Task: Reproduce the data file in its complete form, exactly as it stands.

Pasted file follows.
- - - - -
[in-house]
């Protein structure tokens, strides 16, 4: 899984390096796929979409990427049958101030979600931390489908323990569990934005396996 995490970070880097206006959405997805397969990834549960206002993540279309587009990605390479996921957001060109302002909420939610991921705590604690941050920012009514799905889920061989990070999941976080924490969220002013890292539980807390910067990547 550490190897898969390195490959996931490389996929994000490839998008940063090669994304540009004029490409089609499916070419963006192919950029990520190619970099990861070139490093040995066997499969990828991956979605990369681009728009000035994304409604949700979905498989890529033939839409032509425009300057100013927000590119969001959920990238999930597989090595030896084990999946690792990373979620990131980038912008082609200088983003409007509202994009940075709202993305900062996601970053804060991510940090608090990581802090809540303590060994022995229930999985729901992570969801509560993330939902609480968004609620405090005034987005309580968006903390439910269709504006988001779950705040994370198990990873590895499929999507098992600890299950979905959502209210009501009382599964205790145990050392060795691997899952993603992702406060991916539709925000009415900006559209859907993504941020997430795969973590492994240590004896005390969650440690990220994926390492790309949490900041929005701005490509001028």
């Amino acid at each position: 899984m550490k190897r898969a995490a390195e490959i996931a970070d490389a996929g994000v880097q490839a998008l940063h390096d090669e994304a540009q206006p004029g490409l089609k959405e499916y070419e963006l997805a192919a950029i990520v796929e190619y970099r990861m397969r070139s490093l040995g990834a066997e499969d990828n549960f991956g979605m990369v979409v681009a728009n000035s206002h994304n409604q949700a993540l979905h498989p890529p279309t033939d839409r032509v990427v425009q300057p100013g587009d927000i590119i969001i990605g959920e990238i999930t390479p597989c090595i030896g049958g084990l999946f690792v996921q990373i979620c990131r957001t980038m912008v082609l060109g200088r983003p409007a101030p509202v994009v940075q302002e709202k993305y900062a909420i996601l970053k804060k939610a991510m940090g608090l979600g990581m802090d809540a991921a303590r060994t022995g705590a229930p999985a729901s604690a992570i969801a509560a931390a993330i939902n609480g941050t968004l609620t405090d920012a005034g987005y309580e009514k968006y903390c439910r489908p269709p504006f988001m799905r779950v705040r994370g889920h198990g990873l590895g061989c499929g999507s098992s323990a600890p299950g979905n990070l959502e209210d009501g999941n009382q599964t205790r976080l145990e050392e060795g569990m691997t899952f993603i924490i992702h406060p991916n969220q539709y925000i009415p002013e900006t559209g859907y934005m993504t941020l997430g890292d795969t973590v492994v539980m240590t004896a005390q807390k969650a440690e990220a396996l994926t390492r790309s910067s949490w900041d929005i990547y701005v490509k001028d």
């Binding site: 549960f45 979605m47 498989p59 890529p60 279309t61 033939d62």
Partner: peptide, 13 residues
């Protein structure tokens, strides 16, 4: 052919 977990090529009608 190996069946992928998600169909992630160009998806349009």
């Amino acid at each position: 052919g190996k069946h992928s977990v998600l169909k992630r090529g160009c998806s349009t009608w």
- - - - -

[in-house]
């Protein structure tokens, strides 16, 4: 899984390096796929979409990427049958101030979600931390489908323990569990934005396996 995490970070880097206006959405997805397969990834549960206002993540279309587009990605390479996921957001060109302002909420939610991921705590604690941050920012009514799905889920061989990070999941976080924490969220002013890292539980807390910067990547 550490190897898969390195490959996931490389996929994000490839998008940063090669994304540009004029490409089609499916070419963006192919950029990520190619970099990861070139490093040995066997499969990828991956979605990369681009728009000035994304409604949700979905498989890529033939839409032509425009300057100013927000590119969001959920990238999930597989090595030896084990999946690792990373979620990131980038912008082609200088983003409007509202994009940075709202993305900062996601970053804060991510940090608090990581802090809540303590060994022995229930999985729901992570969801509560993330939902609480968004609620405090005034987005309580968006903390439910269709504006988001779950705040994370198990990873590895499929999507098992600890299950979905959502209210009501009382599964205790145990050392060795691997899952993603992702406060991916539709925000009415900006559209859907993504941020997430795969973590492994240590004896005390969650440690990220994926390492790309949490900041929005701005490509001028």
């Amino acid at each position: 899984m550490k190897r898969a995490a390195e490959i996931a970070d490389a996929g994000v880097q490839a998008l940063h390096d090669e994304a540009q206006p004029g490409l089609k959405e499916y070419e963006l997805a192919a950029i990520v796929e190619y970099r990861m397969r070139s490093l040995g990834a066997e499969d990828n549960f991956g979605m990369v979409v681009a728009n000035s206002h994304n409604q949700a993540l979905h498989p890529p279309t033939d839409r032509v990427v425009q300057p100013g587009d927000i590119i969001i990605g959920e990238i999930t390479p597989c090595i030896g049958g084990l999946f690792v996921q990373i979620c990131r957001t980038m912008v082609l060109g200088r983003p409007a101030p509202v994009v940075q302002e709202k993305y900062a909420i996601l970053k804060k939610a991510m940090g608090l979600g990581m802090d809540a991921a303590r060994t022995g705590a229930p999985a729901s604690a992570i969801a509560a931390a993330i939902n609480g941050t968004l609620t405090d920012a005034g987005y309580e009514k968006y903390c439910r489908p269709p504006f988001m799905r779950v705040r994370g889920h198990g990873l590895g061989c499929g999507s098992s323990a600890p299950g979905n990070l959502e209210d009501g999941n009382q599964t205790r976080l145990e050392e060795g569990m691997t899952f993603i924490i992702h406060p991916n969220q539709y925000i009415p002013e900006t559209g859907y934005m993504t941020l997430g890292d795969t973590v492994v539980m240590t004896a005390q807390k969650a440690e990220a396996l994926t390492r790309s910067s949490w900041d929005i990547y701005v490509k001028d």
């Binding site: 549960f45 979605m47 498989p59 890529p60 279309t61 033939d62």
Partner: peptide, 13 residues
């Protein structure tokens, strides 16, 4: 052919 977990090529009608 190996069946992928998600169909992630160009998806349009």
């Amino acid at each position: 052919g190996k069946h992928s977990v998600l169909k992630r090529g160009c998806s349009t009608w």